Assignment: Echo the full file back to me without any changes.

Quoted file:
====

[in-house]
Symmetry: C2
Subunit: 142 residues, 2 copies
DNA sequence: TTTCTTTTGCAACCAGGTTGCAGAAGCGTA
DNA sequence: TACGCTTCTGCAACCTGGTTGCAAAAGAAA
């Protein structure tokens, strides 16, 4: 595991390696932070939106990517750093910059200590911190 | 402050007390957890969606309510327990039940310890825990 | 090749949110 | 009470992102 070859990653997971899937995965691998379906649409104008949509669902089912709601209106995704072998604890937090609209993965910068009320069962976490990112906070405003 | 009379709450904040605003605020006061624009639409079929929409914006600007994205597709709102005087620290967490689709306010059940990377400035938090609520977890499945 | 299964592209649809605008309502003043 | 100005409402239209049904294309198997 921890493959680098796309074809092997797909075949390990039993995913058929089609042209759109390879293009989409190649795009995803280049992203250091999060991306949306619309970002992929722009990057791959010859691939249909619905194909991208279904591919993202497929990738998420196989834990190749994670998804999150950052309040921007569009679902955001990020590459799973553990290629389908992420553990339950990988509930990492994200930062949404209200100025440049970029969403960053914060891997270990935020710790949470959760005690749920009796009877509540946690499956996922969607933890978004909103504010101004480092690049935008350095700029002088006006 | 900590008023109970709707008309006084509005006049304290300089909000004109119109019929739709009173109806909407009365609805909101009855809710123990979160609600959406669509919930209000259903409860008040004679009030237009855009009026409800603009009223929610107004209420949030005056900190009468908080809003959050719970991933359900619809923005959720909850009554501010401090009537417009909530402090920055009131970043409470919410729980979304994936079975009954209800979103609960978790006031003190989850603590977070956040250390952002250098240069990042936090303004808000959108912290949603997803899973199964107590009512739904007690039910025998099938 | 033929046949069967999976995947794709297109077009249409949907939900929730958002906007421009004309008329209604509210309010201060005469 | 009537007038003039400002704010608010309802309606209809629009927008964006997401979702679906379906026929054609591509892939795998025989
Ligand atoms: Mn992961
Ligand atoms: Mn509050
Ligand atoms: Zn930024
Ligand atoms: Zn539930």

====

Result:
[in-house]
Symmetry: C2
Subunit: 142 residues, 2 copies
DNA sequence: TTTCTTTTGCAACCAGGTTGCAGAAGCGTA
DNA sequence: TACGCTTCTGCAACCTGGTTGCAAAAGAAA
């Protein structure tokens, strides 16, 4: 595991390696932070939106990517750093910059200590911190 | 402050007390957890969606309510327990039940310890825990 | 090749949110 | 009470992102 070859990653997971899937995965691998379906649409104008949509669902089912709601209106995704072998604890937090609209993965910068009320069962976490990112906070405003 | 009379709450904040605003605020006061624009639409079929929409914006600007994205597709709102005087620290967490689709306010059940990377400035938090609520977890499945 | 299964592209649809605008309502003043 | 100005409402239209049904294309198997 921890493959680098796309074809092997797909075949390990039993995913058929089609042209759109390879293009989409190649795009995803280049992203250091999060991306949306619309970002992929722009990057791959010859691939249909619905194909991208279904591919993202497929990738998420196989834990190749994670998804999150950052309040921007569009679902955001990020590459799973553990290629389908992420553990339950990988509930990492994200930062949404209200100025440049970029969403960053914060891997270990935020710790949470959760005690749920009796009877509540946690499956996922969607933890978004909103504010101004480092690049935008350095700029002088006006 | 900590008023109970709707008309006084509005006049304290300089909000004109119109019929739709009173109806909407009365609805909101009855809710123990979160609600959406669509919930209000259903409860008040004679009030237009855009009026409800603009009223929610107004209420949030005056900190009468908080809003959050719970991933359900619809923005959720909850009554501010401090009537417009909530402090920055009131970043409470919410729980979304994936079975009954209800979103609960978790006031003190989850603590977070956040250390952002250098240069990042936090303004808000959108912290949603997803899973199964107590009512739904007690039910025998099938 | 033929046949069967999976995947794709297109077009249409949907939900929730958002906007421009004309008329209604509210309010201060005469 | 009537007038003039400002704010608010309802309606209809629009927008964006997401979702679906379906026929054609591509892939795998025989
Ligand atoms: Mn992961
Ligand atoms: Mn509050
Ligand atoms: Zn930024
Ligand atoms: Zn539930």